Just before I begin:
This is a VERY HASTY summary of a lesson I gave to a class today and lacks the
typesetting care and illustrations I normally give to an online lesson.
It means that I will replace this slideshow with a much more intelligible one
someday. But for now just pretend that there are beautifully-crafted diagrams
everywhere and the text is all nicely laid out around the illustrations.
A life-size gold statue of Ino has been found on the seabed and is to be raised
to the water surface using air-filled steel drums as floatation devices.
The question is ‘How many of these things will we need?’
First, some input numbers.
Ino can be approximated by a rectangular slab roughly 1.5m high by 0.4m wide
by 0.2m thick.
Multiply these numbers together to get a very rough idea of Ino’s volume.
Yes, it’s rough but it will be accurate to maybe plus or minus twenty percent,
and that will give me a fair idea of how heavy the statue will be.
Okay, so the dimensions produce 0.120 cubic metres.
The density of gold is 19 tonnes per cubic metre. That means that each full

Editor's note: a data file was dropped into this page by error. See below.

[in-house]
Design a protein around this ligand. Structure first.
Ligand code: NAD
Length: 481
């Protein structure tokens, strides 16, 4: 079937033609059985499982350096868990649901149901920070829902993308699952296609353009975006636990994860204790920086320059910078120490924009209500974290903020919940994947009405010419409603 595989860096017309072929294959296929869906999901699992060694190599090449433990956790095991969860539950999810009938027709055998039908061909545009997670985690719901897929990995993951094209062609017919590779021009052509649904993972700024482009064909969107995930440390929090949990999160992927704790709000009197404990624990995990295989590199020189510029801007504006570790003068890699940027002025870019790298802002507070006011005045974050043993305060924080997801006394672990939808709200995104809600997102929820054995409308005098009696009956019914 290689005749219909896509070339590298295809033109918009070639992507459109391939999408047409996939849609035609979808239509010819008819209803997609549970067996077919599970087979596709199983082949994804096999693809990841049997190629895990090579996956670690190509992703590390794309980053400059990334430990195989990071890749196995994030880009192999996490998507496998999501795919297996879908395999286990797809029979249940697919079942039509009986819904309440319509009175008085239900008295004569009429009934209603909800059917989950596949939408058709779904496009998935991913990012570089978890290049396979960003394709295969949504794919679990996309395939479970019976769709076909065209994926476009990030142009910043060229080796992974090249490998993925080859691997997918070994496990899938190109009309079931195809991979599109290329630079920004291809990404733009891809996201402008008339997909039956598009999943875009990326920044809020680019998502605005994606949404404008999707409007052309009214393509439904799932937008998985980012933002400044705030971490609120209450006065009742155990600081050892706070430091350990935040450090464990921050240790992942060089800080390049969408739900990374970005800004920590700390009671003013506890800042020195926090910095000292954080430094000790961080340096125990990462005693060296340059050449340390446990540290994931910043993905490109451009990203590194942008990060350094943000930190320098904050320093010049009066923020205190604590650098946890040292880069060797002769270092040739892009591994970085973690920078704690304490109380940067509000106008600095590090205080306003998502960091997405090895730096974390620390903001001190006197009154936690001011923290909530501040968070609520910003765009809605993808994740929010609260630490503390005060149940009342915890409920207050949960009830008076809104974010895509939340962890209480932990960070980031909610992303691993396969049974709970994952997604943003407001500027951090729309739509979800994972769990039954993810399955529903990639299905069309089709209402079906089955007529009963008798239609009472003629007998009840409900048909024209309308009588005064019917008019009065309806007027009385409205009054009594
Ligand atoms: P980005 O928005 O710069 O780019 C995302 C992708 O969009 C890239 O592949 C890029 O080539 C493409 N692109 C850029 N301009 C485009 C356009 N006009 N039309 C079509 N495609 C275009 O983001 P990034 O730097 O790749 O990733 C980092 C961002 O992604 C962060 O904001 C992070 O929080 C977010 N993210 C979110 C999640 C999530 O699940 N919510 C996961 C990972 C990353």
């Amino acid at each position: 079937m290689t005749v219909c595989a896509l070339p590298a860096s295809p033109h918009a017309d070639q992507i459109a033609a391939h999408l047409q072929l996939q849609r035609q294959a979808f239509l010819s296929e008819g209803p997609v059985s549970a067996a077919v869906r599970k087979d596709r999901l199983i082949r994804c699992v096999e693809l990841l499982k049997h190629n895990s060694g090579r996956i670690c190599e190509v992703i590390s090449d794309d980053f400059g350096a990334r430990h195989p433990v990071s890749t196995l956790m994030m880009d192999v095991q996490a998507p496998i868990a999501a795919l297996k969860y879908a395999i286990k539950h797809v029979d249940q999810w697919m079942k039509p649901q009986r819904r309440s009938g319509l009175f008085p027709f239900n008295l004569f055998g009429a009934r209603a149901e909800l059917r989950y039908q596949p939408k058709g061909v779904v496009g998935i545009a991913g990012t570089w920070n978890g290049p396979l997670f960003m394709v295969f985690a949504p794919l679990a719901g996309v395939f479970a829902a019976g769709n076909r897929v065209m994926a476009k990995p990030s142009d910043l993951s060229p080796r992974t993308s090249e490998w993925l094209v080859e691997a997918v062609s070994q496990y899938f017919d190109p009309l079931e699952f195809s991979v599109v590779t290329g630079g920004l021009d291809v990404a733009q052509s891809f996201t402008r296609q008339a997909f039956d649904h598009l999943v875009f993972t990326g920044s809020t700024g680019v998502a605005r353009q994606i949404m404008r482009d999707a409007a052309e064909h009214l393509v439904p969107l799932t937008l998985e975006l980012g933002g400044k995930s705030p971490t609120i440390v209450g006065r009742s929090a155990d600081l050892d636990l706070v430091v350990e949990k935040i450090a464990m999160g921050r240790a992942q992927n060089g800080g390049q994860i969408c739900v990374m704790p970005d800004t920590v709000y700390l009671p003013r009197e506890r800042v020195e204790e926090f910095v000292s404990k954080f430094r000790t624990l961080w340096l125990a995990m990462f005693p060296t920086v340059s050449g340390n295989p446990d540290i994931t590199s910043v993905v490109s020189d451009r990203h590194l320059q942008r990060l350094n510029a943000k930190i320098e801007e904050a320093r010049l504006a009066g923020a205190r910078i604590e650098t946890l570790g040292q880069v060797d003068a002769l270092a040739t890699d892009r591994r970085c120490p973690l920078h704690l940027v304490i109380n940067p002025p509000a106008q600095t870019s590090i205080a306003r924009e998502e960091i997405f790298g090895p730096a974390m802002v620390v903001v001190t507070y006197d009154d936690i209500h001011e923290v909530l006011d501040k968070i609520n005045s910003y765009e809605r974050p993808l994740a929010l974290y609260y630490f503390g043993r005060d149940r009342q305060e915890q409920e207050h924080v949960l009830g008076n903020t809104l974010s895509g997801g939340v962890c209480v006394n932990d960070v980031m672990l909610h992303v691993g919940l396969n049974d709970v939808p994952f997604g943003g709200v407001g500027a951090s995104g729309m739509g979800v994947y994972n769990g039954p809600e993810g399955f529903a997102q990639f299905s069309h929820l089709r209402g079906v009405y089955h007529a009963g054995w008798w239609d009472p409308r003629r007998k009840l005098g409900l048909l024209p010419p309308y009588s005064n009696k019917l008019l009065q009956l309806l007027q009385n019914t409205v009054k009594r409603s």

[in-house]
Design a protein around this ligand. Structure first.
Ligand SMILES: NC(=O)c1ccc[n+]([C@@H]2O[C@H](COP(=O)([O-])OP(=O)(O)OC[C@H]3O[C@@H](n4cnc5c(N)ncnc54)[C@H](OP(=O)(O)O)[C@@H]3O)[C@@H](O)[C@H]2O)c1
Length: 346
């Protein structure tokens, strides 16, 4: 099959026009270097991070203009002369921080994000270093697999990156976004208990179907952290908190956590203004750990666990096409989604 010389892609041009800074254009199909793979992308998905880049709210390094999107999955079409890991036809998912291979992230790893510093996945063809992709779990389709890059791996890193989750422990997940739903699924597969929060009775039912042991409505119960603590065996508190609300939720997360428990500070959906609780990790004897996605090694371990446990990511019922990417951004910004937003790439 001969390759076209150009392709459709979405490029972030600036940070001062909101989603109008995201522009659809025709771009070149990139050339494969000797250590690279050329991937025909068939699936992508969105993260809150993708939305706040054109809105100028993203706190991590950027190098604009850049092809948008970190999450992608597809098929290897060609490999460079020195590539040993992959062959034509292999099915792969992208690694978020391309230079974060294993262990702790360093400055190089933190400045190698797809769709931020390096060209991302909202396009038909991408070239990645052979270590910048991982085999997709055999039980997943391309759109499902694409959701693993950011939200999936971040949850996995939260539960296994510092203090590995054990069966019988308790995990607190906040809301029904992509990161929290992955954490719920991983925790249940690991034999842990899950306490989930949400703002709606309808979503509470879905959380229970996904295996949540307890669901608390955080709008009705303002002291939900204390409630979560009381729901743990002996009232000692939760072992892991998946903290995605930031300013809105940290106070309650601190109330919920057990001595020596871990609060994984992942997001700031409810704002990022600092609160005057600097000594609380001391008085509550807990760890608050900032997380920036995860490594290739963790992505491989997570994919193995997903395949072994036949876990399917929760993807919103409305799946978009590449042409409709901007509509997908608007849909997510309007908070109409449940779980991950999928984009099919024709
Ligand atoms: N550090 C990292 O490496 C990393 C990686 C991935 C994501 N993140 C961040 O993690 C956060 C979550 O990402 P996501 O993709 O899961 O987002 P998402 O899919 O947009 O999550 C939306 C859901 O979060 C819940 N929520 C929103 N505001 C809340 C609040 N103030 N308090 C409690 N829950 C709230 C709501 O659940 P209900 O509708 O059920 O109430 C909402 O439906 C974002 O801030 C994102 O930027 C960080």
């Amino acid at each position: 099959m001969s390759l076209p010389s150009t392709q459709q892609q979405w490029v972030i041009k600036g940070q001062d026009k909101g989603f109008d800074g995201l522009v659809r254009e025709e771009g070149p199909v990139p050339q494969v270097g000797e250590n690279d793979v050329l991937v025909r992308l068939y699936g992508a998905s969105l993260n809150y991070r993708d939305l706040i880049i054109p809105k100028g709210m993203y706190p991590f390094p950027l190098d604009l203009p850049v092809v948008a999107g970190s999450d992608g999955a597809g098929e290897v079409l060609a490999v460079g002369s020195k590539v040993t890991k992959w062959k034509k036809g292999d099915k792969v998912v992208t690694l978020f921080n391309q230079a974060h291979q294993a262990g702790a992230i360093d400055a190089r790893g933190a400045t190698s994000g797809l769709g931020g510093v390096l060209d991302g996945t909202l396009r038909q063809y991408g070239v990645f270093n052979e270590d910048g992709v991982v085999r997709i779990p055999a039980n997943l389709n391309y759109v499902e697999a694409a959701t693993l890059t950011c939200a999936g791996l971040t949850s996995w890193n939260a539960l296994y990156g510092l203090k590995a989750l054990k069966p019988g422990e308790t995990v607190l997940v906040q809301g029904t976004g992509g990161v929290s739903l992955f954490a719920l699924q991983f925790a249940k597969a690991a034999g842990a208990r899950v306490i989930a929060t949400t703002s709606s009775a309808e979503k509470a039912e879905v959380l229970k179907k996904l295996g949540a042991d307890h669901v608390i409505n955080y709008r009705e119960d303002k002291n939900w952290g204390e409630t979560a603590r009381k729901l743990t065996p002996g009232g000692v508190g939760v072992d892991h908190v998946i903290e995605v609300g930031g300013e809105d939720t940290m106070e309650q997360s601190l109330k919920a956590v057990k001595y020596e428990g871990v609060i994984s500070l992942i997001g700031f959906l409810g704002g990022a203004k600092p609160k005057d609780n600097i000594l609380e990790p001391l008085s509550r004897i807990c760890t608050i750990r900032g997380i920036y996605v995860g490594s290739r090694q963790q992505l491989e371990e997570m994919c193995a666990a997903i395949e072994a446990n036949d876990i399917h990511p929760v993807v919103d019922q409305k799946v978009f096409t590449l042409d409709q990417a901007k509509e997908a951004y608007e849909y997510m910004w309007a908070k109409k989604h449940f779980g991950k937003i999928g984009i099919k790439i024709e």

cubic metre of gold weighs 19 tonnes. If I had two of them I would have
2x19=38 tonnes. If I had three cubic metres the weight would grow to 3x19=57
tonnes. You get the idea that you multiply the volume (whatever it is) by 19 to
get the weight.
0.120 x 19 = 2.28 tonnes.
That’s a very heavy statue, but it SHOULD be heavy because gold itself is
heavy. Even one cubic metre of gold weighs as much as several cars put
Okay, so now I introduce the idea of buoyancy, which is that every submerged
object has a lifting force associated with it, which is equal to the amount of
water that would occupy the same volume.
The volume of the statue is 0.120 cubic metres, and since the density of water
is ‘1’, the weight of water that would fill the shape of the statue is 0.120
tonnes. This is the uplift weight of the statue. It means that if a set of scales
was underneath the statue, it would measure 2.28 - 0.120 tonnes.
We all know this from our own experience in the swimming pool. We feel
lighter because water is trying to push us out of the pool. The amount to
which we are lighter is equal to the weight of water our bodies would have if
our bodies were made of water. (Hmmm... That would be an interesting class
Okay so now I know how much weight I have to lift off the seabed.
2.28 – 0.12 = 2.16 tonnes.
Buoyancy isn’t helping much.
But look what buoyancy does to an air-filled steel drum.....